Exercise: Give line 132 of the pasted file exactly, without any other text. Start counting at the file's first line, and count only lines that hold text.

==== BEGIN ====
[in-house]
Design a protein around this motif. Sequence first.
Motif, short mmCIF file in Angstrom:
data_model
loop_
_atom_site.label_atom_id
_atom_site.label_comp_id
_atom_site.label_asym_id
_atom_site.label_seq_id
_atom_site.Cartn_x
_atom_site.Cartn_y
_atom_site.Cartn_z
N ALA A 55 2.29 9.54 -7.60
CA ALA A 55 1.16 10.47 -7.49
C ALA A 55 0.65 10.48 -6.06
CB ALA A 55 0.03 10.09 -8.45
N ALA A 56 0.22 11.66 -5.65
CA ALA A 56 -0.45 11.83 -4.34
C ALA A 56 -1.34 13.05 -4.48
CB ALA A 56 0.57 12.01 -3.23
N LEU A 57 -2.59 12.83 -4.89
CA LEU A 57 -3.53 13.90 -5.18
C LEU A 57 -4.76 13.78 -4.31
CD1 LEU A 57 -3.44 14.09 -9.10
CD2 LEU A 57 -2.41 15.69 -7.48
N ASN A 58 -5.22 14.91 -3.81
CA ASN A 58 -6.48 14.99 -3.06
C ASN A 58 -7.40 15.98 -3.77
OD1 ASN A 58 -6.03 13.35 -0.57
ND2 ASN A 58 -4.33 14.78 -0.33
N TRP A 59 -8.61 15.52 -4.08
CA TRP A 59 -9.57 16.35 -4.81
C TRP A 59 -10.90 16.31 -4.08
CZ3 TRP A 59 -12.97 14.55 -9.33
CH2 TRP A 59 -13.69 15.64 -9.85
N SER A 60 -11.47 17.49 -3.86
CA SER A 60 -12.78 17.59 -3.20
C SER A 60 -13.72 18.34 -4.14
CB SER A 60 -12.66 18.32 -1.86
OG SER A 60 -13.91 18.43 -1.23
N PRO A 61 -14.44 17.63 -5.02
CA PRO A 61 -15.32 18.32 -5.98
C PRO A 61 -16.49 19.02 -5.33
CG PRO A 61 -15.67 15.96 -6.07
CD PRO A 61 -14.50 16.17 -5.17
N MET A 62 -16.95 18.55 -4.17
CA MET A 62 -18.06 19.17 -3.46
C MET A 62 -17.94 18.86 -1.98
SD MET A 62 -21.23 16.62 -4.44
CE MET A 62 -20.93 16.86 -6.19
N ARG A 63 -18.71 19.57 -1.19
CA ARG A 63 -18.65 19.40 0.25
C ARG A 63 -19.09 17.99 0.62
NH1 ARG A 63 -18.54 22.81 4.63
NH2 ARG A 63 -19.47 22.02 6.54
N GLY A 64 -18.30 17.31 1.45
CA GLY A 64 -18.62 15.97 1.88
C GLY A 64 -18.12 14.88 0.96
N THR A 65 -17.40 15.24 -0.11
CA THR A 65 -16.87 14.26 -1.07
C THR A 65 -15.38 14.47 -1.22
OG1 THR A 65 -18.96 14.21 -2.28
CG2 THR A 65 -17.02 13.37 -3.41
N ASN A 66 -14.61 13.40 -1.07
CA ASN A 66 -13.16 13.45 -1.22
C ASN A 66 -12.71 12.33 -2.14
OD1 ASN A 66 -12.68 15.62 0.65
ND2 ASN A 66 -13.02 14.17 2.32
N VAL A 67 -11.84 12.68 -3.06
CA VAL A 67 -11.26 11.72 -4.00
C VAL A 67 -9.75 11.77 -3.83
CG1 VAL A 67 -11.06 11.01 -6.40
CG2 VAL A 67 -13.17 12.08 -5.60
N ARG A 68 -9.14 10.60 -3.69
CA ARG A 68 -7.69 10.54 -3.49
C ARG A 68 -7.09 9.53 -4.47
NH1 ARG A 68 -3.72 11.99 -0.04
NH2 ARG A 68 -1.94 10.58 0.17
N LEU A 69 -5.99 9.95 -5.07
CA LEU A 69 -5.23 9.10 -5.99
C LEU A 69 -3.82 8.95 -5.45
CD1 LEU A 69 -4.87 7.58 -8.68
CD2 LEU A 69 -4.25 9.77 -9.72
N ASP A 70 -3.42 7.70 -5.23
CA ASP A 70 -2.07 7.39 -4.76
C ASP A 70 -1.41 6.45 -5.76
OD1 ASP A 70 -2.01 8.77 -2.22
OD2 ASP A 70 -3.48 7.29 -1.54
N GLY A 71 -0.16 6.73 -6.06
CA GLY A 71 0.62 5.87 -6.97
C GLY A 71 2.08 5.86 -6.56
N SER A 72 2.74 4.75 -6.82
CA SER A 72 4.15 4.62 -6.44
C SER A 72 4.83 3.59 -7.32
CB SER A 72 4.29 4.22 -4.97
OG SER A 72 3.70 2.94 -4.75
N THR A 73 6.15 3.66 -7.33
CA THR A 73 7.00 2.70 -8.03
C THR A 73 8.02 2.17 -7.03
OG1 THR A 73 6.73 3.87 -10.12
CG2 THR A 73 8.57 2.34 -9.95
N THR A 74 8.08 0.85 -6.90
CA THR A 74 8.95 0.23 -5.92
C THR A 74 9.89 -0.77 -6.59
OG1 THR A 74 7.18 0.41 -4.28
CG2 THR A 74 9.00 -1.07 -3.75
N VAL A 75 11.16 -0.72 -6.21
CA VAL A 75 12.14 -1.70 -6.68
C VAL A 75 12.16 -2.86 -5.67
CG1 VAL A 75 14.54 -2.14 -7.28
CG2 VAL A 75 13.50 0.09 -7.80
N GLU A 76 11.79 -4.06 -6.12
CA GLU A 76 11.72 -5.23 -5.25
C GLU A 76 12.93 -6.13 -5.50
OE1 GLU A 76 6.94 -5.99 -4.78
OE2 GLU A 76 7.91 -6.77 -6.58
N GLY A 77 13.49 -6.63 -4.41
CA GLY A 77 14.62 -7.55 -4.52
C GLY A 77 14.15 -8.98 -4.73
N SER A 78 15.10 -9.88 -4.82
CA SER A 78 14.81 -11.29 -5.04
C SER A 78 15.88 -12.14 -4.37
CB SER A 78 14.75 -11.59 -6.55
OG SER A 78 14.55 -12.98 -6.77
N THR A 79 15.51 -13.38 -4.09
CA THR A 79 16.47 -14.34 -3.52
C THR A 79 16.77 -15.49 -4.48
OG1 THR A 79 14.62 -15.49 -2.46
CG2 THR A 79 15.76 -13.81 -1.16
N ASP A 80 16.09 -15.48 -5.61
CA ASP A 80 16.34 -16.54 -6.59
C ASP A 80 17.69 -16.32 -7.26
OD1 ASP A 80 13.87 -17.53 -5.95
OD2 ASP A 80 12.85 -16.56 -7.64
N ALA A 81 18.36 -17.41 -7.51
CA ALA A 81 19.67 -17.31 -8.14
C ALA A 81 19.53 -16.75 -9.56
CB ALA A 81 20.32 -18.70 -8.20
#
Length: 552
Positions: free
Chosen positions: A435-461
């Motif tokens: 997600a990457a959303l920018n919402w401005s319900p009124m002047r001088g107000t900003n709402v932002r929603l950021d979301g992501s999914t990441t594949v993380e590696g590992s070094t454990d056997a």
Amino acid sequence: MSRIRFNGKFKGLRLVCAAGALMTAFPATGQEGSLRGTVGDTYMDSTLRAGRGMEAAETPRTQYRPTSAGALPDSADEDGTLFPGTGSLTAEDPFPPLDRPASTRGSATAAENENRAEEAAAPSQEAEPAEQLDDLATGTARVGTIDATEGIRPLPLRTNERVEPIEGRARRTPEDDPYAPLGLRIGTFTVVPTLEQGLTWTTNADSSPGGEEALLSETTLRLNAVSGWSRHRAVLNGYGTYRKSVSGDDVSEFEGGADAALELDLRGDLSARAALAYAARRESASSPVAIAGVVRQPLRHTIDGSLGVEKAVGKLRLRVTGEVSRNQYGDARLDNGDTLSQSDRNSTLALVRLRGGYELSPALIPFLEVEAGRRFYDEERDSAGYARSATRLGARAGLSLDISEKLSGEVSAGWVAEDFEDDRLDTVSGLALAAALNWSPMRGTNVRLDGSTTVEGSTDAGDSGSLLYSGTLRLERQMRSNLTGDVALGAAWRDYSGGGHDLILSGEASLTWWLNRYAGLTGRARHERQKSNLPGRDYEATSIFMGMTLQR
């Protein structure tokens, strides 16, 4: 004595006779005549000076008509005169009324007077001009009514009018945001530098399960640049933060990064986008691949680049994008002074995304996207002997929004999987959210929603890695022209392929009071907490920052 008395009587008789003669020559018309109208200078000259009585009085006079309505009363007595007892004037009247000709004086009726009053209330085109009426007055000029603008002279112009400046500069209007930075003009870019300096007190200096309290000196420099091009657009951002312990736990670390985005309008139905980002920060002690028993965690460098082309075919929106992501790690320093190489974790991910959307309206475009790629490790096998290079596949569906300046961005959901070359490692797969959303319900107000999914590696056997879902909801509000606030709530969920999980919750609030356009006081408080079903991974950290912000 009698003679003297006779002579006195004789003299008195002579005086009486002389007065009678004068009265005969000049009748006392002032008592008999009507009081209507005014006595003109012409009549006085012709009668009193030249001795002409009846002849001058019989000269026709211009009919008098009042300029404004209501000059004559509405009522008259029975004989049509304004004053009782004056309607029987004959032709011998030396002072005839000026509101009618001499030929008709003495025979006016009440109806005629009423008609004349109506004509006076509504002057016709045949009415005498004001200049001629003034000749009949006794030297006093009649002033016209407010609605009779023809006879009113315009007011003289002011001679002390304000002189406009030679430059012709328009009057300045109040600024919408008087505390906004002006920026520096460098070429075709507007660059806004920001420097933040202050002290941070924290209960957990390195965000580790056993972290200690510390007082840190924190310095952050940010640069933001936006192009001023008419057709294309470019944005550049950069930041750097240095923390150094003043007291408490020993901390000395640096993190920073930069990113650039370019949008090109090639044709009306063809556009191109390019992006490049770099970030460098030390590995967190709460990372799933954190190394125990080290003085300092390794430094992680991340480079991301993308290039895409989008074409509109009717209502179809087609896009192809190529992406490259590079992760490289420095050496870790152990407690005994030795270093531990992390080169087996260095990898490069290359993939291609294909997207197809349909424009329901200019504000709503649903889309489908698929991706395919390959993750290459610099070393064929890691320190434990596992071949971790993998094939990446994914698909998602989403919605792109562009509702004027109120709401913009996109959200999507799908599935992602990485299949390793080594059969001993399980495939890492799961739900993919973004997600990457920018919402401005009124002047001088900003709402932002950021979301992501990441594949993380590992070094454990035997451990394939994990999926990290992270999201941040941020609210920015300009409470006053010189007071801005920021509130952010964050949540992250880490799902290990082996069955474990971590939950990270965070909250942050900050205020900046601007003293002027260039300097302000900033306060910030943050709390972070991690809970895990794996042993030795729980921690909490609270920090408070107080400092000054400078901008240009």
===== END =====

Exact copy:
C ASP A 80 17.69 -16.32 -7.26